Threat of fatbergs to be tackled in Inverness city centre as study identifies 192 sewer chokes over three years
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Hot food businesses are being enlisted in a new campaign to tackle the threat of fatbergs choking up Inverness city centre sewers.
New studies have revealed a hotspot of 192 sewer chokes in Inverness over three years, focused within less than half a square kilometre.
Members of the local business community have now been working with Scottish Water, Highland Council and Zero Waste Scotland in recent months to develop new ways of engaging businesses that serve hot food in a bid to raise awareness and make lasting improvements.
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Across Scotland, the incorrect disposal of fat, oil and grease – referred to as FOG – is estimated to be a factor in more than half of all blockages in Scotland’s sewer networks with Scottish Water teams attending an average of 100 blockages a day.
Local businesses are now helping to shape plans – including new posters and information for owners, managers and kitchen staff – aligned with Scottish Water’s Nature Calls campaign which has also contributed to a reduction in blockages caused by wet wipes in its first year.
Thomas Machnik, who manages Café Ness by the Cathedral, attended a workshop at the Palace Hotel earlier this year to discuss the approach and help shape materials for use in kitchens.
"I think it is a brilliant scheme and it should have been done years ago," he said.
"The FOG advisors are not chargeable. They will guide us through the best way to tackle the problem.
"We need to think about it as not just a deep fat frying issue. Milk, cheese, bacon – they all contribute.
"There are going to be some initial cost implications but it immediately protects the environment and the Inverness city centre."
Specialists from Environmental Compliance & Services (ECAS) are visiting food service establishments in the area of the city centre where chokes are most common.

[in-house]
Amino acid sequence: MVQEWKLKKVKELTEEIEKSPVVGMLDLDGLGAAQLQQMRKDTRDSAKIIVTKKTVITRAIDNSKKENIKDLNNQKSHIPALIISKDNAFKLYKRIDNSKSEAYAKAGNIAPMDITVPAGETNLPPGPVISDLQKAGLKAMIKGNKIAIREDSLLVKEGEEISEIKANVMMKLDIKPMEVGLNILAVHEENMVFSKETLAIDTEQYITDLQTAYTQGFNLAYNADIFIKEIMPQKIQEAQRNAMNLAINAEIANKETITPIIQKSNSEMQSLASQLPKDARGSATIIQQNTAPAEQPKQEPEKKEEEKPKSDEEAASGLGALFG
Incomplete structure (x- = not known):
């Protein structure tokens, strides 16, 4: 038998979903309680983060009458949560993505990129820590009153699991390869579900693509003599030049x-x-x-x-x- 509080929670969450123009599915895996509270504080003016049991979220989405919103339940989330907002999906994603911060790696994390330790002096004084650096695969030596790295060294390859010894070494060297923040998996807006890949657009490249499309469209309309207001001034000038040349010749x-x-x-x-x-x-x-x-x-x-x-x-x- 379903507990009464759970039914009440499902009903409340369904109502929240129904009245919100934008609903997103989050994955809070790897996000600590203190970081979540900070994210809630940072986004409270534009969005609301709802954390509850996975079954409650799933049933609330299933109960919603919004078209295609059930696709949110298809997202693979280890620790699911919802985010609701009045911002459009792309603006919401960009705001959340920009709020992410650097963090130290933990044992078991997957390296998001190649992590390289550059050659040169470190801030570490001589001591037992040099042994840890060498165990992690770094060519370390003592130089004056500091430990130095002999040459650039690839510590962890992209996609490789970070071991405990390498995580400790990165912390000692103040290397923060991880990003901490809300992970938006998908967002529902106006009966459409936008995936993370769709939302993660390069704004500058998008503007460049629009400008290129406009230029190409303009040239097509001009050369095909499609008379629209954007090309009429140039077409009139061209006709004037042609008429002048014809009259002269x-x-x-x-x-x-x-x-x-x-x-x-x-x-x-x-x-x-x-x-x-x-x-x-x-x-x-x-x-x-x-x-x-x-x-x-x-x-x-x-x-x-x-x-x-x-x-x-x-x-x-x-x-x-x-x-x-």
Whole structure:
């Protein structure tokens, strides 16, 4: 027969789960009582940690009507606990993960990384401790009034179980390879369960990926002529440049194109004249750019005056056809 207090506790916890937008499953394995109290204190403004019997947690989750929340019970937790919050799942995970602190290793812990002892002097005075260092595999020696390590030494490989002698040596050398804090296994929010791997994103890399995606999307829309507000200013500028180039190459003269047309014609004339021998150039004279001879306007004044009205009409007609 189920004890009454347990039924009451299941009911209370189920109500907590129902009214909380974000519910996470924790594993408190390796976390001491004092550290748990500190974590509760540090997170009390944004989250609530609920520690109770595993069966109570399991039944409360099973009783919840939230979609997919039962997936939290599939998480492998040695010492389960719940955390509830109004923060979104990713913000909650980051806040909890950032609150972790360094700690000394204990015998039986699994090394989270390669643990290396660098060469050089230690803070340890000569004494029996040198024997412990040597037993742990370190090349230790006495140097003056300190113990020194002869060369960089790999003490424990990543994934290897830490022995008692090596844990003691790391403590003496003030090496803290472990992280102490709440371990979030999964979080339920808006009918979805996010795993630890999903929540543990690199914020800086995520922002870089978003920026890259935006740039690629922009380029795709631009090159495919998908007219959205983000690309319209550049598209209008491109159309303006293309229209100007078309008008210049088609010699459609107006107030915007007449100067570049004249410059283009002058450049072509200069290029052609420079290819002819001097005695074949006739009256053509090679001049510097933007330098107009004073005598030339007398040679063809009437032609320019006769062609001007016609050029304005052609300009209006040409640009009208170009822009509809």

Where they find a grease management system in a kitchen which is inefficient, they will provide advice on the improvements that should be made and support with raising awareness among relevant staff.
They will then return at a later date to follow-up and confirm if action has been taken.
Alan Yates, Highland Council's environmental health manager, said that in addition to potential public health issues, the blockage of drains and sewers caused considerable disruption and clean-up costs to the business community and members of the public.
"I would therefore encourage any food business to follow the guidance on disposal of FOG and understand the value in preventing such blockages," he said.
"As part of the partnership working, our environmental health team will be highlighting the issues of FOG disposal and offering guidance during routine food hygiene inspections."
Scottish Water’s waste water network performance manager Ian Burnett said guided by data showing where problems occur most often, there was a real opportunity to be more proactive by working even more closely with businesses.
"We know that local businesses want to play their part in protecting the local environment which is so important to their success," he said.
"They also want to prevent the avoidable misery, disruption and cost that blocked drains can bring.
"The sewer network in Scotland’s towns and cities faces real challenges which we are committed to working with all of our partners to address.
"While none of us can stop the intense rainstorms that have potential to overwhelm drains and sewers, we can work together to get rid of the FOG."
* Fat, oil and grease in liquid form may not appear to be harmful but as it cools it congeals and hardens.
* This can cause blockages to the inner lining of drainage pipes, leading to potential waste water flooding within properties, in streets and to the local environment.
* In extreme cases, blocked sewers can spill into burns, rivers, streams, coastal waters and beaches, causing environmental damage.
* Scottish Water deals with more than 36,000 blockages every year – costing around £7million to attend and clear.
* The waste water drain which runs from individual properties to the public sewer is usually only about four inches wide, which is less than the diameter of a DVD.
* Scottish Water maintains and improves over 30,000 miles of sewer pipes which take waste water away from homes and business premises across Scotland. This is treated at over 1,800 waste water treatment works before returning it to the environment.
* Everything that goes down plugholes, toilets and drains in urban areas will end up in the drains and sewers.
* Whether it is saturated fat (like lard), mono-unsaturated fat (like olive oil) or vegetable oil, they all congeal and harden. The fat or oil content in leftover sauces and soup contributes to the same problems.
Further information at Nature Calls.